For ten years, I was the Archivist of the United States, and certainly one key responsibility I had was making sure the original Charters of Freedom—the Declaration of Independence, the Constitution, and the Bill of Rights—were protected, preserved, and as accessible as possible to the public. Early in my tenure, my staff and I concluded that we were not doing enough to adequately educate the public who came through the rotunda on the values of the Charters of Freedom. We made major changes to not only enhance the visit to the Rotunda but added educational space to further promote understanding of the Charters of Freedom, the importance of public records, and their many values to our democracy.
On September 11, 2001, the initial terrorist attacks on the Trade Center quickly led to concerns about attacks on Washington D.C. and the possibility of one target being the National Archives. That potential action could destroy the original documents that undergird our whole system of democracy. Fortunately, that did not happen, but the scenario certainly brought to me a reminder of the special value of the work of the Founders. They put together a system with three equal and powerful branches of government: the executive, legislative, and judicial. For over 200 years, this system has been the bedrock of modern democracy and has become a model for nations around the world.
In late July, as part of this year's Mandela Washington Fellowship six-week Civic Leadership Institute at K-State, I had a very good visit with a young woman from Zimbabwe who ran for public office there and plans to stay involved in public life. She made it clear that folks in her country who want a democracy like ours are now looking at us with real concern and potential doubt. For her and many others, America was the model that many developing nations used to move closer to a real democracy. Her message reminded me that our current crisis may have significant impacts far beyond our borders.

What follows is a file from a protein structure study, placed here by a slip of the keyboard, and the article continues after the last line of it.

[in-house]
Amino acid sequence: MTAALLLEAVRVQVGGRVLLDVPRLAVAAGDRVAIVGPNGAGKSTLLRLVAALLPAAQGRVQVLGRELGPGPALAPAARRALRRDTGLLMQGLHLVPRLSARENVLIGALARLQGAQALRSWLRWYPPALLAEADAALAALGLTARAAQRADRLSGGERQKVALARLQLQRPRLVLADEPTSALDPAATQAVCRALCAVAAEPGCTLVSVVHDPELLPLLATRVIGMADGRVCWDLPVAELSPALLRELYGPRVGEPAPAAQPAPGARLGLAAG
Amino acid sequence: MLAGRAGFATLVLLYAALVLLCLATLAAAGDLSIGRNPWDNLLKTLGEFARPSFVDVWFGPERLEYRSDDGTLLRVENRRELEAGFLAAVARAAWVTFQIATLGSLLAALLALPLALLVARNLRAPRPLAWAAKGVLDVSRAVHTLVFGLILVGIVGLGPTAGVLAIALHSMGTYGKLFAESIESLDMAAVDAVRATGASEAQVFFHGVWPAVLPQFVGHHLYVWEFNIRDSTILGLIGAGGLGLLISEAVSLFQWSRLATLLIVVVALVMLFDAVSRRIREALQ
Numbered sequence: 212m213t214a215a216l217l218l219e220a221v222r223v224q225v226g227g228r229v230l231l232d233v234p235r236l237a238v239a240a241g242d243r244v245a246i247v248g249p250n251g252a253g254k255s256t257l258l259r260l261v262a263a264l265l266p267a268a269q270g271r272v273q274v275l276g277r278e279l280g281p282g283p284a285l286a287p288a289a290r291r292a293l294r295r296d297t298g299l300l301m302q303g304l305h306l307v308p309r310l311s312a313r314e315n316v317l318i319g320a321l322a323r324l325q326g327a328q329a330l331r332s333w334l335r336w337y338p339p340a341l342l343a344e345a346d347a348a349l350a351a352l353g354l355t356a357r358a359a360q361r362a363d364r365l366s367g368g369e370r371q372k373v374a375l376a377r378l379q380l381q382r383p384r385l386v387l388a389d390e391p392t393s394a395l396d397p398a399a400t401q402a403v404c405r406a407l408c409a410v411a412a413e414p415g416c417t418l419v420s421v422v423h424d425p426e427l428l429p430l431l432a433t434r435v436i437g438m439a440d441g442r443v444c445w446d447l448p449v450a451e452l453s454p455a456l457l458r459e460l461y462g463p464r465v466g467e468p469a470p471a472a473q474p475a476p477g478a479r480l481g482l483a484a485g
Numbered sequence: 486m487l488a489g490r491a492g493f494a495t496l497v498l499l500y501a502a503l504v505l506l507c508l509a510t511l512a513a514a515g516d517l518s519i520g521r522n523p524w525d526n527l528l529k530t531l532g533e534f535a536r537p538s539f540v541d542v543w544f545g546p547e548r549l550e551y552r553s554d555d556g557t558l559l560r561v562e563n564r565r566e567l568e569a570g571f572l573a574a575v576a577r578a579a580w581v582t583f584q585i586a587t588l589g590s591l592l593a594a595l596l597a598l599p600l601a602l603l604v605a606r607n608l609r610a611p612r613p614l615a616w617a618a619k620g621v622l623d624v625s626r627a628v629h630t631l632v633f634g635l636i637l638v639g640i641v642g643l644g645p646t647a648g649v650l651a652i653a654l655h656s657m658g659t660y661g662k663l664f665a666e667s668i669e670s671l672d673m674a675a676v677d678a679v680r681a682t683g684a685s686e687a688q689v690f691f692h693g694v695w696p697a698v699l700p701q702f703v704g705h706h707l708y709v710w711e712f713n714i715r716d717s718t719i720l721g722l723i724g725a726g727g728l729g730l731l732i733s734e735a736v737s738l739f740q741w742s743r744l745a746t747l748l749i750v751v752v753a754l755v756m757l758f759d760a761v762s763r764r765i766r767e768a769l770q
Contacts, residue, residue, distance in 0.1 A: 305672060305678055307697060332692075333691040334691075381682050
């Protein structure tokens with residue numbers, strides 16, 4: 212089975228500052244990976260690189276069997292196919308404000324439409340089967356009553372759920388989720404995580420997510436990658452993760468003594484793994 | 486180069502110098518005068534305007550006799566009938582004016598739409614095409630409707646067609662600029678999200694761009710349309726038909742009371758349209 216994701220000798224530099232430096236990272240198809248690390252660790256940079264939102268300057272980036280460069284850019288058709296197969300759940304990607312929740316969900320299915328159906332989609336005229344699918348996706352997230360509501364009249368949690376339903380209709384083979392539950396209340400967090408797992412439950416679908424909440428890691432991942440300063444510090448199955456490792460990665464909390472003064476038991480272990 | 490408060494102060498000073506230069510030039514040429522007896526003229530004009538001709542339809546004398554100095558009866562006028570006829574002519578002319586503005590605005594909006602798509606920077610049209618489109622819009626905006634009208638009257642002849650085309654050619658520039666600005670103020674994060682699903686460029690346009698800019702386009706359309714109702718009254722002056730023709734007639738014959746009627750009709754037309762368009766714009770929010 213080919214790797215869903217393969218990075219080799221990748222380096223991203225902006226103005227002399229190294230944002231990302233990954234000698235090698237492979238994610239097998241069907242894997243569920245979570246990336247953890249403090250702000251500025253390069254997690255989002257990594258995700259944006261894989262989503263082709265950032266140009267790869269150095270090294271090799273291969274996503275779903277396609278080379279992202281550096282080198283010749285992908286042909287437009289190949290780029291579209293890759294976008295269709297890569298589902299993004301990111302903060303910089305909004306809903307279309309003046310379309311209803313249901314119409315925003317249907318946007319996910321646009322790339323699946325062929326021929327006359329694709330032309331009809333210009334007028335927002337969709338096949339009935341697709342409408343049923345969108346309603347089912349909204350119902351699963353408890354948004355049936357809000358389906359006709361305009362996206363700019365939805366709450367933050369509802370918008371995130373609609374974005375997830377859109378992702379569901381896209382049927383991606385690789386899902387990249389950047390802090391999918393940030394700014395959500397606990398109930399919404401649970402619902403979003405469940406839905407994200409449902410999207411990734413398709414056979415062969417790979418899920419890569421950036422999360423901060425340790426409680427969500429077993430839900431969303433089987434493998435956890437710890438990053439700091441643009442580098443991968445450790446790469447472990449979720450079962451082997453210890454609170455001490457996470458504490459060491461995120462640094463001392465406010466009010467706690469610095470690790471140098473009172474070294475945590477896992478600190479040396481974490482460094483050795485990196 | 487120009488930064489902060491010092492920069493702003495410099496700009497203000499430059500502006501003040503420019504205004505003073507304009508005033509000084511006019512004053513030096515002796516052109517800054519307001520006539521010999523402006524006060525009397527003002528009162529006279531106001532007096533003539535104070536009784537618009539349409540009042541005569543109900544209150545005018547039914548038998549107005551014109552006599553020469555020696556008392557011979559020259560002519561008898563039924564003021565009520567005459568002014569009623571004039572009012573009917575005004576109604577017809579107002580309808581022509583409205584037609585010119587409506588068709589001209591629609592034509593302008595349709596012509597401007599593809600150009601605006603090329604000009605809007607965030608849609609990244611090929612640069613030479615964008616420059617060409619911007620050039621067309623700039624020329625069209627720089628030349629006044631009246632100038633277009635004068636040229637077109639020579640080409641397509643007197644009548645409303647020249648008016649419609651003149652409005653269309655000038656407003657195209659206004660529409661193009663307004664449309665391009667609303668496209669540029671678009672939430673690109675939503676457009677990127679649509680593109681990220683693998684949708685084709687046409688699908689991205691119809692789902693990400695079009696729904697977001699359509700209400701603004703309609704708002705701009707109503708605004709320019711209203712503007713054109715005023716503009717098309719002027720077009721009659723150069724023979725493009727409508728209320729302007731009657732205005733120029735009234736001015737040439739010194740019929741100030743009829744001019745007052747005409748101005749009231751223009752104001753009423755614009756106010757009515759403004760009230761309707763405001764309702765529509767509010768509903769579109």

Today our system of governance is being tested daily by an administration that more and more acts if they, the executive branch and particularly the President, can dictate what will be done. Between Executive Orders and other actions that ignore the will of Congress, total disregard for the value of a quality civil service system, using the Presidency for his personal and financial gain, stoking the flames of hatred and racism toward immigrants and other minority groups, and appointing Judges whose ideology is extremely far to the right, the Trump Administration is the beginning of potentially demolishing our democracy. Ignoring legislative budget decisions as if President Trump were more like a King and looking to dictators to form close friendships causes not just me but lots of folks great concern.
It is my hope that this September 17th, Constitution Day, many of you will raise these issues of concern. I hope that this year, it will not be just another day but a wake-up call for all Americans to understand just how much impact the 2020 elections will have on our future as a democracy. It can no longer be assumed that our system of government will survive if the current disregard for democratic norms and systems of checks and balances continues.